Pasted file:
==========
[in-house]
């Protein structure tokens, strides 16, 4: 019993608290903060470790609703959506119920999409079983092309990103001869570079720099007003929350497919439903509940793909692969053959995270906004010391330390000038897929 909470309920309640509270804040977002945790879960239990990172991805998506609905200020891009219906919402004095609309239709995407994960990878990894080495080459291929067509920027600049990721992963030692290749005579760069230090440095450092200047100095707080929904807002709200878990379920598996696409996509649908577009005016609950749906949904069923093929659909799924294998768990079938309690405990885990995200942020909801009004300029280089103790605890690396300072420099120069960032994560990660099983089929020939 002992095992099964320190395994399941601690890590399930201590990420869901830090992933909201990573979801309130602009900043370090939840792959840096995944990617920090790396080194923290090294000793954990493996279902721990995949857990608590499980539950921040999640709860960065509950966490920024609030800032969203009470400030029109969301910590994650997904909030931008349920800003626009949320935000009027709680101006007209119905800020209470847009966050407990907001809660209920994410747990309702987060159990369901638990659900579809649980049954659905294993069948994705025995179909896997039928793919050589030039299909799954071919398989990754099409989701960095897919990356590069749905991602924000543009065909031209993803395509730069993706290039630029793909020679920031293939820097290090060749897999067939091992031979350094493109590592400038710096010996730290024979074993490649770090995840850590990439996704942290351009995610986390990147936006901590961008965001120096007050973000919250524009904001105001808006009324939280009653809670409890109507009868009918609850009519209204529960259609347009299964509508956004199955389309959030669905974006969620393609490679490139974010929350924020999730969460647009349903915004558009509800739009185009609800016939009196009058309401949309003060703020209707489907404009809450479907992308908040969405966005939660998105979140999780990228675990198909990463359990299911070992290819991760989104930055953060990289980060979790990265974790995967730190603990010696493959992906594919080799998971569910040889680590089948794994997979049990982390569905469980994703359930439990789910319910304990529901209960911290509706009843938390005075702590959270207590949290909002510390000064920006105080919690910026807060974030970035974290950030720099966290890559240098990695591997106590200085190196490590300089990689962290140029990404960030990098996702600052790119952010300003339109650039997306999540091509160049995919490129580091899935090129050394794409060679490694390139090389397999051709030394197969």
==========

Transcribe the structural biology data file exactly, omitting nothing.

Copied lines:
[in-house]
């Protein structure tokens, strides 16, 4: 019993608290903060470790609703959506119920999409079983092309990103001869570079720099007003929350497919439903509940793909692969053959995270906004010391330390000038897929 909470309920309640509270804040977002945790879960239990990172991805998506609905200020891009219906919402004095609309239709995407994960990878990894080495080459291929067509920027600049990721992963030692290749005579760069230090440095450092200047100095707080929904807002709200878990379920598996696409996509649908577009005016609950749906949904069923093929659909799924294998768990079938309690405990885990995200942020909801009004300029280089103790605890690396300072420099120069960032994560990660099983089929020939 002992095992099964320190395994399941601690890590399930201590990420869901830090992933909201990573979801309130602009900043370090939840792959840096995944990617920090790396080194923290090294000793954990493996279902721990995949857990608590499980539950921040999640709860960065509950966490920024609030800032969203009470400030029109969301910590994650997904909030931008349920800003626009949320935000009027709680101006007209119905800020209470847009966050407990907001809660209920994410747990309702987060159990369901638990659900579809649980049954659905294993069948994705025995179909896997039928793919050589030039299909799954071919398989990754099409989701960095897919990356590069749905991602924000543009065909031209993803395509730069993706290039630029793909020679920031293939820097290090060749897999067939091992031979350094493109590592400038710096010996730290024979074993490649770090995840850590990439996704942290351009995610986390990147936006901590961008965001120096007050973000919250524009904001105001808006009324939280009653809670409890109507009868009918609850009519209204529960259609347009299964509508956004199955389309959030669905974006969620393609490679490139974010929350924020999730969460647009349903915004558009509800739009185009609800016939009196009058309401949309003060703020209707489907404009809450479907992308908040969405966005939660998105979140999780990228675990198909990463359990299911070992290819991760989104930055953060990289980060979790990265974790995967730190603990010696493959992906594919080799998971569910040889680590089948794994997979049990982390569905469980994703359930439990789910319910304990529901209960911290509706009843938390005075702590959270207590949290909002510390000064920006105080919690910026807060974030970035974290950030720099966290890559240098990695591997106590200085190196490590300089990689962290140029990404960030990098996702600052790119952010300003339109650039997306999540091509160049995919490129580091899935090129050394794409060679490694390139090389397999051709030394197969």